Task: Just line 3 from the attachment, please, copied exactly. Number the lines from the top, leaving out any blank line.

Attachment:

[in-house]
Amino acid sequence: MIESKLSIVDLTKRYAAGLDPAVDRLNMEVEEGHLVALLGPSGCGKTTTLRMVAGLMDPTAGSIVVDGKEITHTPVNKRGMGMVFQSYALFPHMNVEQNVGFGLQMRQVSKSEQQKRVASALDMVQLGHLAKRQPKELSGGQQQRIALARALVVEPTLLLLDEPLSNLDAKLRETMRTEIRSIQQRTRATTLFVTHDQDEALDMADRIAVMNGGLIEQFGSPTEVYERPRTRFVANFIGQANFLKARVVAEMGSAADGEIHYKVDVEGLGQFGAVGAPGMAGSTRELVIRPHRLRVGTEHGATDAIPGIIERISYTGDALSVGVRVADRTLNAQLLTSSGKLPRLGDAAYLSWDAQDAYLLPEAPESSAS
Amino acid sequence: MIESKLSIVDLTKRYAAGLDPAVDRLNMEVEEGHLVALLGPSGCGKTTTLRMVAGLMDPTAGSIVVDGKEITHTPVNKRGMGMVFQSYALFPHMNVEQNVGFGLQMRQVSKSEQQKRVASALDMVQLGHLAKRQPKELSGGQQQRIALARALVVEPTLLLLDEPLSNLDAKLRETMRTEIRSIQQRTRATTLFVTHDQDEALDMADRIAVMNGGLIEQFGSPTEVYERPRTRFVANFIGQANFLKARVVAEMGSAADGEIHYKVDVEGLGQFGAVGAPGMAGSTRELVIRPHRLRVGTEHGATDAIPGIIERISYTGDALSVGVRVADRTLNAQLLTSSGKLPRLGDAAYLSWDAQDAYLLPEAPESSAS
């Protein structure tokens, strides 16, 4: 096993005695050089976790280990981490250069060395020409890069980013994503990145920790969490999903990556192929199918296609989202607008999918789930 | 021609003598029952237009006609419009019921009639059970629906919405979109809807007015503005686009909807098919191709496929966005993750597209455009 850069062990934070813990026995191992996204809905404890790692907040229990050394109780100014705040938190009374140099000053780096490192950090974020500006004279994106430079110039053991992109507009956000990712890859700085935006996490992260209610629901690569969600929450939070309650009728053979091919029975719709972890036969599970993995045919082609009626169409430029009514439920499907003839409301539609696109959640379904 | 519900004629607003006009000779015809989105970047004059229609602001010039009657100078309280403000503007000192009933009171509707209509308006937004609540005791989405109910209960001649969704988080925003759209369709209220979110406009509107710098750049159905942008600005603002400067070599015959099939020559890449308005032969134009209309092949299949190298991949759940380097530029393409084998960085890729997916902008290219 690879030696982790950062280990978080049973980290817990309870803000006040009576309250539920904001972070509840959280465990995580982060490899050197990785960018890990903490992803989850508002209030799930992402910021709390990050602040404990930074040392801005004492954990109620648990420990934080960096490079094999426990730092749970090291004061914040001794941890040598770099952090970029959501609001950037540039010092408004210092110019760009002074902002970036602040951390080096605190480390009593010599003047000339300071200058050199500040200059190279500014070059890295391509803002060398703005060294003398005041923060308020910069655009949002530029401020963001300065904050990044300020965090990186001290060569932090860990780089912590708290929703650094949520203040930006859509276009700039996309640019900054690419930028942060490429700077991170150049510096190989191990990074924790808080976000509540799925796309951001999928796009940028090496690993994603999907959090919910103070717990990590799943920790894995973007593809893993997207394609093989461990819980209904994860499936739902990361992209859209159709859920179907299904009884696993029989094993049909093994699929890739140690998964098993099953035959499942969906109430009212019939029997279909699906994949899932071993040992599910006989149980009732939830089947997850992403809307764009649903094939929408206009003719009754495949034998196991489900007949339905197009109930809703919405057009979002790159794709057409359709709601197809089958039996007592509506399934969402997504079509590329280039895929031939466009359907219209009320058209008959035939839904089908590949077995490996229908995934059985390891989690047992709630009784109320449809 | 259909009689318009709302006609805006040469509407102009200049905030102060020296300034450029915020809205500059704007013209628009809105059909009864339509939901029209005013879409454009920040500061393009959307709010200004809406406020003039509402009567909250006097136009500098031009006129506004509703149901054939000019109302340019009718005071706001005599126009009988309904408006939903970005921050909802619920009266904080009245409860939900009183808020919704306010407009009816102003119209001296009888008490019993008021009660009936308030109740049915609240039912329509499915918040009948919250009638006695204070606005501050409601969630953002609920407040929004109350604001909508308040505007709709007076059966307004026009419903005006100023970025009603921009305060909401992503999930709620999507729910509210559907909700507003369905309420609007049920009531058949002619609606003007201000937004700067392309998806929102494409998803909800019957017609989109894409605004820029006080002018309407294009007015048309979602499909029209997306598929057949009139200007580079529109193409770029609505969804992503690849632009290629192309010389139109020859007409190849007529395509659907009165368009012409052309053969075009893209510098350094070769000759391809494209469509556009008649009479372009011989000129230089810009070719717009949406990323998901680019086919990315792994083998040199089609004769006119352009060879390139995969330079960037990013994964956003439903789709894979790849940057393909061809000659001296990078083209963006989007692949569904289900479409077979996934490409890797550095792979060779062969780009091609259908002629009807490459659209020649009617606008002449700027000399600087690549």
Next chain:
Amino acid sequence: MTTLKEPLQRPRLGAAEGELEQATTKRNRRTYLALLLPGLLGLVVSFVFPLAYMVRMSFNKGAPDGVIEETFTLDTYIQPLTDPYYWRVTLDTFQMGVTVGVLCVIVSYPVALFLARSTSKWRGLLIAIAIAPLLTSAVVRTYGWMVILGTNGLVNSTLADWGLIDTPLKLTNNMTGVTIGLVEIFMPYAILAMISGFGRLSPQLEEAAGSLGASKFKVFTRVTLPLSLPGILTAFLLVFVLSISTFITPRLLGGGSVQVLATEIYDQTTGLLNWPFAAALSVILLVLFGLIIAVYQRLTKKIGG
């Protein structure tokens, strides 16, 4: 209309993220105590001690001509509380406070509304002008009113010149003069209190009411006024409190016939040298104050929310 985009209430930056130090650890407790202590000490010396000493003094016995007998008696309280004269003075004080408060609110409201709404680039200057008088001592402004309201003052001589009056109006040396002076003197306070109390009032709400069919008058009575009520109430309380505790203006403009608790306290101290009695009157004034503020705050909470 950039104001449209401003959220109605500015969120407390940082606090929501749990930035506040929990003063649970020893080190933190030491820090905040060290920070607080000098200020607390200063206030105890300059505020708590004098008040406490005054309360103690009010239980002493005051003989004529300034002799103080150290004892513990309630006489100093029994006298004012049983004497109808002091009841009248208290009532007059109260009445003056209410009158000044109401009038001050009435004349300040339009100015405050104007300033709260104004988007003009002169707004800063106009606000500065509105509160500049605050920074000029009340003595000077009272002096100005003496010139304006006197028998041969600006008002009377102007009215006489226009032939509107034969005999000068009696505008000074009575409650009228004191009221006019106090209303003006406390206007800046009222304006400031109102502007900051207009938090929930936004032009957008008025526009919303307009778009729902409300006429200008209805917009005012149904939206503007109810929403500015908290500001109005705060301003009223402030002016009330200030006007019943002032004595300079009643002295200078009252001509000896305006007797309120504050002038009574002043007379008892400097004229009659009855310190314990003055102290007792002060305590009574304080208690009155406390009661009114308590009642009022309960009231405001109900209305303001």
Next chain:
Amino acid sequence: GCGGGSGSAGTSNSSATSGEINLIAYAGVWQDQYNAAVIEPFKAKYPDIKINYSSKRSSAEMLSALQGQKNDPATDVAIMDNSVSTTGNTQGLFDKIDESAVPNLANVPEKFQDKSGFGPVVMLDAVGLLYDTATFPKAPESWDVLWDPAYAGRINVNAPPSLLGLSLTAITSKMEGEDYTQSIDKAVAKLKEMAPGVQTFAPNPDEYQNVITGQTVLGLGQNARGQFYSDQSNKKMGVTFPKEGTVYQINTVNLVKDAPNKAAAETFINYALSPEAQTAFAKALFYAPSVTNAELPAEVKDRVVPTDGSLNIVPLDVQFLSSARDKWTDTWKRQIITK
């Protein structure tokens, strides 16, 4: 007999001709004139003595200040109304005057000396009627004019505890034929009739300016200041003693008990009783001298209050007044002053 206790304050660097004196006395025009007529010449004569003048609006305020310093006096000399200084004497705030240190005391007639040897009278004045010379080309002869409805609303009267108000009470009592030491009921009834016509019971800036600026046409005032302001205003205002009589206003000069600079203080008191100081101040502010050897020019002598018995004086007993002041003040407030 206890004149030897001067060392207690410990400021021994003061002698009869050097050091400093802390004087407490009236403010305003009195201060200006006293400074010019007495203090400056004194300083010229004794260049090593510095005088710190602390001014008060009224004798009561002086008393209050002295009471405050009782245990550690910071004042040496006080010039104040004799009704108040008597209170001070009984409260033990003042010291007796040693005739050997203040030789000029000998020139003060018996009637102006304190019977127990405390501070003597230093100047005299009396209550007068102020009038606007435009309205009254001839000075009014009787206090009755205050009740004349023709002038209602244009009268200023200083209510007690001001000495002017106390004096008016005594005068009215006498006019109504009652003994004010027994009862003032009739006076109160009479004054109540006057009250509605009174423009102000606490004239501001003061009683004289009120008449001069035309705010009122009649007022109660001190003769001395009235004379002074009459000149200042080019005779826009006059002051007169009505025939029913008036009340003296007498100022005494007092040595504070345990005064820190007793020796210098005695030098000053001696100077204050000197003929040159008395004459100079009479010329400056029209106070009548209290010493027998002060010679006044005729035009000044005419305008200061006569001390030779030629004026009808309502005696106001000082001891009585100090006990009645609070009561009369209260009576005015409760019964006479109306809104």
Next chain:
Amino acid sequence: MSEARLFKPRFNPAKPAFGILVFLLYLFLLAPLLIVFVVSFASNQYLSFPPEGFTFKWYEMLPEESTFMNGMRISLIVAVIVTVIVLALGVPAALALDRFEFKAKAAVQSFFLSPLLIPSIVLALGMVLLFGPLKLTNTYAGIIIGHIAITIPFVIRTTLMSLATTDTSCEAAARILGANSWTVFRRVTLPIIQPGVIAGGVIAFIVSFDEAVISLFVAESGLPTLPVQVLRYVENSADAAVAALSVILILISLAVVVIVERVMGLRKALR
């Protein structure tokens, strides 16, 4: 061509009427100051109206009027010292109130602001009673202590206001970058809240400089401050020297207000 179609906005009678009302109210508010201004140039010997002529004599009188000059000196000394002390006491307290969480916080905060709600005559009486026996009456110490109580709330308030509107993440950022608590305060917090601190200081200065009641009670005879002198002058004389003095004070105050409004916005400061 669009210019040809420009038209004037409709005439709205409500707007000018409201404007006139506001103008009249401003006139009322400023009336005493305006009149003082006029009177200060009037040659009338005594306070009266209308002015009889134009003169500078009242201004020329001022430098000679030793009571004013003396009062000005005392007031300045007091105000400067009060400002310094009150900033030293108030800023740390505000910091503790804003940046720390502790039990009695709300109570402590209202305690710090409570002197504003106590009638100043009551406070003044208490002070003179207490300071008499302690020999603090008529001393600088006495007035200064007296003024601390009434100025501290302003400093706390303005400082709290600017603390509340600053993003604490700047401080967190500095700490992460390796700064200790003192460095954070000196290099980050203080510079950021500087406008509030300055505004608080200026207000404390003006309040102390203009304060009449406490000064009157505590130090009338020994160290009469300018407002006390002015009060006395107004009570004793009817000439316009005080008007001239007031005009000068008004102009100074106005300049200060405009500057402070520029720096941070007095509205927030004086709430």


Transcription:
Amino acid sequence: MIESKLSIVDLTKRYAAGLDPAVDRLNMEVEEGHLVALLGPSGCGKTTTLRMVAGLMDPTAGSIVVDGKEITHTPVNKRGMGMVFQSYALFPHMNVEQNVGFGLQMRQVSKSEQQKRVASALDMVQLGHLAKRQPKELSGGQQQRIALARALVVEPTLLLLDEPLSNLDAKLRETMRTEIRSIQQRTRATTLFVTHDQDEALDMADRIAVMNGGLIEQFGSPTEVYERPRTRFVANFIGQANFLKARVVAEMGSAADGEIHYKVDVEGLGQFGAVGAPGMAGSTRELVIRPHRLRVGTEHGATDAIPGIIERISYTGDALSVGVRVADRTLNAQLLTSSGKLPRLGDAAYLSWDAQDAYLLPEAPESSAS